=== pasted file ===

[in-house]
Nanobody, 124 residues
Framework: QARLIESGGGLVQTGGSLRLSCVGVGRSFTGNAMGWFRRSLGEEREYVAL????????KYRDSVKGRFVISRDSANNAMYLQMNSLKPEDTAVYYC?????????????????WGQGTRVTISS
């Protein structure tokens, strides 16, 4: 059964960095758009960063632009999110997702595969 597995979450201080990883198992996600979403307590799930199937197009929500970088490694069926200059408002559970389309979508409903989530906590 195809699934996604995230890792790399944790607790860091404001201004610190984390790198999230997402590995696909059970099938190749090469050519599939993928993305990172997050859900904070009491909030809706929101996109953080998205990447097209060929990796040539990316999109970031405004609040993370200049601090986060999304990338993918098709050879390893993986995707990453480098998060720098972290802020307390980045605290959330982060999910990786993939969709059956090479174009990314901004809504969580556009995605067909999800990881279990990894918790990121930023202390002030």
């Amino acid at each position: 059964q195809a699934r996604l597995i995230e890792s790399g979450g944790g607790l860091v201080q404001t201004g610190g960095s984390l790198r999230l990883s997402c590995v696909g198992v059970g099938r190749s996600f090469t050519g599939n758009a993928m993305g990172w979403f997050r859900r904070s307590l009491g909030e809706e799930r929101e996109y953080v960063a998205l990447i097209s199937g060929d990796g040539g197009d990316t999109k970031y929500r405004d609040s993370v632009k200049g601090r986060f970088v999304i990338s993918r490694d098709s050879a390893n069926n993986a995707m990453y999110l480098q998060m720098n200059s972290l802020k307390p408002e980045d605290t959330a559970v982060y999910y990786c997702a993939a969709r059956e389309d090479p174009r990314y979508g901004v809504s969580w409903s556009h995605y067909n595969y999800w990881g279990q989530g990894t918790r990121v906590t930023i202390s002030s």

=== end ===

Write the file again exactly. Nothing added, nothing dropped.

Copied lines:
[in-house]
Nanobody, 124 residues
Framework: QARLIESGGGLVQTGGSLRLSCVGVGRSFTGNAMGWFRRSLGEEREYVAL????????KYRDSVKGRFVISRDSANNAMYLQMNSLKPEDTAVYYC?????????????????WGQGTRVTISS
């Protein structure tokens, strides 16, 4: 059964960095758009960063632009999110997702595969 597995979450201080990883198992996600979403307590799930199937197009929500970088490694069926200059408002559970389309979508409903989530906590 195809699934996604995230890792790399944790607790860091404001201004610190984390790198999230997402590995696909059970099938190749090469050519599939993928993305990172997050859900904070009491909030809706929101996109953080998205990447097209060929990796040539990316999109970031405004609040993370200049601090986060999304990338993918098709050879390893993986995707990453480098998060720098972290802020307390980045605290959330982060999910990786993939969709059956090479174009990314901004809504969580556009995605067909999800990881279990990894918790990121930023202390002030």
């Amino acid at each position: 059964q195809a699934r996604l597995i995230e890792s790399g979450g944790g607790l860091v201080q404001t201004g610190g960095s984390l790198r999230l990883s997402c590995v696909g198992v059970g099938r190749s996600f090469t050519g599939n758009a993928m993305g990172w979403f997050r859900r904070s307590l009491g909030e809706e799930r929101e996109y953080v960063a998205l990447i097209s199937g060929d990796g040539g197009d990316t999109k970031y929500r405004d609040s993370v632009k200049g601090r986060f970088v999304i990338s993918r490694d098709s050879a390893n069926n993986a995707m990453y999110l480098q998060m720098n200059s972290l802020k307390p408002e980045d605290t959330a559970v982060y999910y990786c997702a993939a969709r059956e389309d090479p174009r990314y979508g901004v809504s969580w409903s556009h995605y067909n595969y999800w990881g279990q989530g990894t918790r990121v906590t930023i202390s002030s």